First, have your child take a bath or shower to soak the wart. Next, scrape off any dead skin on the top of the wart using a clean nail file, emery board, pumice stone, or scrub brush. Then cover the wart with duct tape. Leave the duct tape on for several days (in the original October 2002 study, it was six days). Remove the duct tape in the evening, then soak and scrape the wart. Again cover the wart with the duct tape in the morning. Repeat this process for up to two months.

Next you can learn about other home treatments, skip to treatments used by doctors or exit the guide.

Click here to learn about salicylic acid.

Click here to learn about “magical thinking.”

Click here to learn about treatments used by doctors.

Click here to exit this guide.

If the home treatments (“magical thinking,” salicylic acid, and/or duct tape) aren’t helpful, there are treatments your doctor or dermatologist can offer, including:

  • freezing, using liquid nitrogen. This works by causing a blister to form around the wart; when the dead tissue sloughs off, so does the wart. It may take several treatments to work, and some children find it uncomfortable.
  • Cantharidin is a medication that doctors can paint onto the warts that sometimes helps them go away. Again, repeated treatments may be necessary.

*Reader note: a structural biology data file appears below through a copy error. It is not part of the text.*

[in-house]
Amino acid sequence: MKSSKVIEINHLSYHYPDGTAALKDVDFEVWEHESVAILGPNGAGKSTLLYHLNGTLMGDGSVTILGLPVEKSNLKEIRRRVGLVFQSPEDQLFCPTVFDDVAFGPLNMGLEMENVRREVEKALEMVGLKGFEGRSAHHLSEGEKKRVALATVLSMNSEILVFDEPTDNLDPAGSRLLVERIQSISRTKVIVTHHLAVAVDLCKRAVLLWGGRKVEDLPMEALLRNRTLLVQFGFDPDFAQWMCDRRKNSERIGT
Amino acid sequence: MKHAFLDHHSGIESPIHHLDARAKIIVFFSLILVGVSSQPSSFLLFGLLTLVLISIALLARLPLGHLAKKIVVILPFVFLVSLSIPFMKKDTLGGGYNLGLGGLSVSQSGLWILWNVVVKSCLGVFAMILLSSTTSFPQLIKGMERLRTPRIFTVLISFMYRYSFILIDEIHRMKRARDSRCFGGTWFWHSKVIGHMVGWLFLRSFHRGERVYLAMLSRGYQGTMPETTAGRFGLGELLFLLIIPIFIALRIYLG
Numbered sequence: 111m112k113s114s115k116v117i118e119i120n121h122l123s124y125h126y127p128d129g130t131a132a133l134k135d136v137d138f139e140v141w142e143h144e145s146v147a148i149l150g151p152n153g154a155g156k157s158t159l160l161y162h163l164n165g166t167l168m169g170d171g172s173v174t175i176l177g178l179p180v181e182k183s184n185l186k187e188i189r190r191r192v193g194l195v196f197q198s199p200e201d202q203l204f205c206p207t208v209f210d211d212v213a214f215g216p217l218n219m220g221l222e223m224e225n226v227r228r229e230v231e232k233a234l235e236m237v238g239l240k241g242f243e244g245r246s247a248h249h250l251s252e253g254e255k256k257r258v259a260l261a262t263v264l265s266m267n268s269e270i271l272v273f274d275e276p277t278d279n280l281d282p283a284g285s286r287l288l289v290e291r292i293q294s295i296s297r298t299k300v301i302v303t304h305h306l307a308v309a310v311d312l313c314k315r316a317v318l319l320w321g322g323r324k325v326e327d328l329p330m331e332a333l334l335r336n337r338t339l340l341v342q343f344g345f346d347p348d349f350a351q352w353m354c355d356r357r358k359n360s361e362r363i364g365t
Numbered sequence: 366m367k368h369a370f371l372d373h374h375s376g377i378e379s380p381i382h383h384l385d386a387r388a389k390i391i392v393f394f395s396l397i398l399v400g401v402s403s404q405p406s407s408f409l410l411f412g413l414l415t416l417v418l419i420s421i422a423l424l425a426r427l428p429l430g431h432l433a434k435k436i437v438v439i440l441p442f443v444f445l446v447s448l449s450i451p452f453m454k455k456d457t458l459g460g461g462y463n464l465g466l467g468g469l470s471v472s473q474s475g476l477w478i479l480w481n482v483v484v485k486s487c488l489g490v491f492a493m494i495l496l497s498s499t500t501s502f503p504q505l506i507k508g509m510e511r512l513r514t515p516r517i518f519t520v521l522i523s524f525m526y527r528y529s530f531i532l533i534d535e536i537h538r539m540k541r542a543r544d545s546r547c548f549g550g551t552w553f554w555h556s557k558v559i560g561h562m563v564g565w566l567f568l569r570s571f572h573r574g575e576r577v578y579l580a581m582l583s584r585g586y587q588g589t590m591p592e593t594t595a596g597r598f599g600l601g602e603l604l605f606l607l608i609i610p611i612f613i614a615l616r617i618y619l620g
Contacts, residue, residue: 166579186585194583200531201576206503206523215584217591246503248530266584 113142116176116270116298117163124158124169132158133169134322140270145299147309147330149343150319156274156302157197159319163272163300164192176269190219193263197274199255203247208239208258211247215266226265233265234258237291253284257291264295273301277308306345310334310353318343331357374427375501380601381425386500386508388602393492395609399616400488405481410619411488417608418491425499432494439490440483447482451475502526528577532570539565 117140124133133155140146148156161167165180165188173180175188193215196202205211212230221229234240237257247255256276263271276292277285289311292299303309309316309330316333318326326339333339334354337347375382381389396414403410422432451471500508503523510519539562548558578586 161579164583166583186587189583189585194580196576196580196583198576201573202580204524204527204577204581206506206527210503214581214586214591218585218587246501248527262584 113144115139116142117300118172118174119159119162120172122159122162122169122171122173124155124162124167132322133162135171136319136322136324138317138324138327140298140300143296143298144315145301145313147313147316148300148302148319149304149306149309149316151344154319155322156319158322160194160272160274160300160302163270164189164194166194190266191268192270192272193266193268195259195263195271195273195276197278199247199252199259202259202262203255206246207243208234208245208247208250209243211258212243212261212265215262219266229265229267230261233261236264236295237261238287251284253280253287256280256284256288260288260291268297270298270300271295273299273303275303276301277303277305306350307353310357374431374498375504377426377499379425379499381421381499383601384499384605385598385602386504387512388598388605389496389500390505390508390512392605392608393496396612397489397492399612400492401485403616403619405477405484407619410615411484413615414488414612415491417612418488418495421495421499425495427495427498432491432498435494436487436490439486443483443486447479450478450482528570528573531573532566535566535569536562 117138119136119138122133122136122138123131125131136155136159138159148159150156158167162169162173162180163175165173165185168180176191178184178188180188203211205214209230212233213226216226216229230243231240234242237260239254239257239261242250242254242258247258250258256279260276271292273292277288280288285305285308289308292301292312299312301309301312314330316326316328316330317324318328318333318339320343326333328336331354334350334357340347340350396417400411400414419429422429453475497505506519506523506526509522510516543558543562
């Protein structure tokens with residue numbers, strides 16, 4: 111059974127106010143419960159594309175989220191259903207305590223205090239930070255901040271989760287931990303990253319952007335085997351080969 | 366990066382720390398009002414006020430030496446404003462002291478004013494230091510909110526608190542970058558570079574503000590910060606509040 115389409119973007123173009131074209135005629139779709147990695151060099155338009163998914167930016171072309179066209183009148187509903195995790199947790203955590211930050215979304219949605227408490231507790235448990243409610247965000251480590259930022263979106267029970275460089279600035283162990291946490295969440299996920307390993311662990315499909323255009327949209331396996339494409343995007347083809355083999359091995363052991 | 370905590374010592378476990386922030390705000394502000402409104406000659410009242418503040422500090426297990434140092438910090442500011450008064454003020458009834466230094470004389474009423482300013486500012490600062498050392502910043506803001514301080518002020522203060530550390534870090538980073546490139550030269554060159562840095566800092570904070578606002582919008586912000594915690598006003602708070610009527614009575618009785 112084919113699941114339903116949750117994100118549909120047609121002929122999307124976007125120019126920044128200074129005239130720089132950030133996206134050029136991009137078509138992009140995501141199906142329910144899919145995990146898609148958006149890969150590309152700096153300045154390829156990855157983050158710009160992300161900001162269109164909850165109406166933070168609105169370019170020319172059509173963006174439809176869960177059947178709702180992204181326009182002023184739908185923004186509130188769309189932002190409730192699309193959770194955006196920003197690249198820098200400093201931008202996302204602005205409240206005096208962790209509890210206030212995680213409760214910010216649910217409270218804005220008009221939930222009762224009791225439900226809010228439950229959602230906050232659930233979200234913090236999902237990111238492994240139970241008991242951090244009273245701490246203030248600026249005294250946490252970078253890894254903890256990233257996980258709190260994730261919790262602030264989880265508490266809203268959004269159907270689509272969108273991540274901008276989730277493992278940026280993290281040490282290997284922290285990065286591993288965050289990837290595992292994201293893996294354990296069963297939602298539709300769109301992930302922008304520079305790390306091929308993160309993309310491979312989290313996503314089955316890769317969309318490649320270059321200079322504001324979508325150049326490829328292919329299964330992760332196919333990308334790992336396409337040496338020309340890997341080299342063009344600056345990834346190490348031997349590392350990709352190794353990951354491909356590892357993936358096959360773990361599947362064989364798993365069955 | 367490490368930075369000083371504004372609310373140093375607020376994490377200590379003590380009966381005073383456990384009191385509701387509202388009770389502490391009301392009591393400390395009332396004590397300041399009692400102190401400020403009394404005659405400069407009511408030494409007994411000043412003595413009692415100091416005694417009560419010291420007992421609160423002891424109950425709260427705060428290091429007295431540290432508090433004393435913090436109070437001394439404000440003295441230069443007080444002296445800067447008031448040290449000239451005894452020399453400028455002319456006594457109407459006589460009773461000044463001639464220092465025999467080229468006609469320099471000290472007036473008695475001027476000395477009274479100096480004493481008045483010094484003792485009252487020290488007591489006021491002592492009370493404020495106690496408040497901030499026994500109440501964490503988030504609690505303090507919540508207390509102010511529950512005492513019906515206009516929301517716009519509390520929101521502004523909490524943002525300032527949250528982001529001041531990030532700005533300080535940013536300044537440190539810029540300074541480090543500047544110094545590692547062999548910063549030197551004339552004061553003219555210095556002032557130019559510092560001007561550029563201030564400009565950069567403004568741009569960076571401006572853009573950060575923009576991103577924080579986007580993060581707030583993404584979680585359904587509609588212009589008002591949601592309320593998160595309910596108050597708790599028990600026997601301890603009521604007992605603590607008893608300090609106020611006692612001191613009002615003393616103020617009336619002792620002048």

• Aldara is a prescription cream that increases the body’s immune response to the wart.
  • minor surgery or laser surgery is usually reserved for hard-to-treat warts, as there is a risk of infection or scarring.

Sometimes a dermatologist will inject medication such as bleomycin into a wart, but this too is reserved for special cases.

If the wart is bleeding frequently or has changed in appearance, you should call your doctor.

You and your doctor will decide if treatment can be carried out in the office or whether a visit with a dermatologist (a skin specialist) makes sense.

Click here to exit this guide.

We hope this information has been helpful to you.

Warts in the diaper or genital area are uncommon in children. They are caused by different types of human papillomaviruses than warts elsewhere on the body. These viruses may be passed from mother to baby during the delivery or from another caretaker while changing diapers.

In adolescents and adults, these types of human papilloma viruses can be picked up during sexual contact.

The genital area is delicate and genital warts require special treatment. Do NOT try to treat genital warts at home. Call your doctor.

Flat warts on the face are common in children. They can be spread on the face or to other areas on the body. Because the skin on the face is delicate, it is best if these warts are treated under a doctor’s supervision.

Call your doctor to decide the best course of treatment for your child’s wart.

Call your doctor. Children who have problems with their immune system can sometimes have more serious problems with warts.

Call your doctor. Warts that are spreading despite treatment, getting larger, or breaking down in the middle should be examined by a doctor.

Keep reading: Page 1 of 1

Next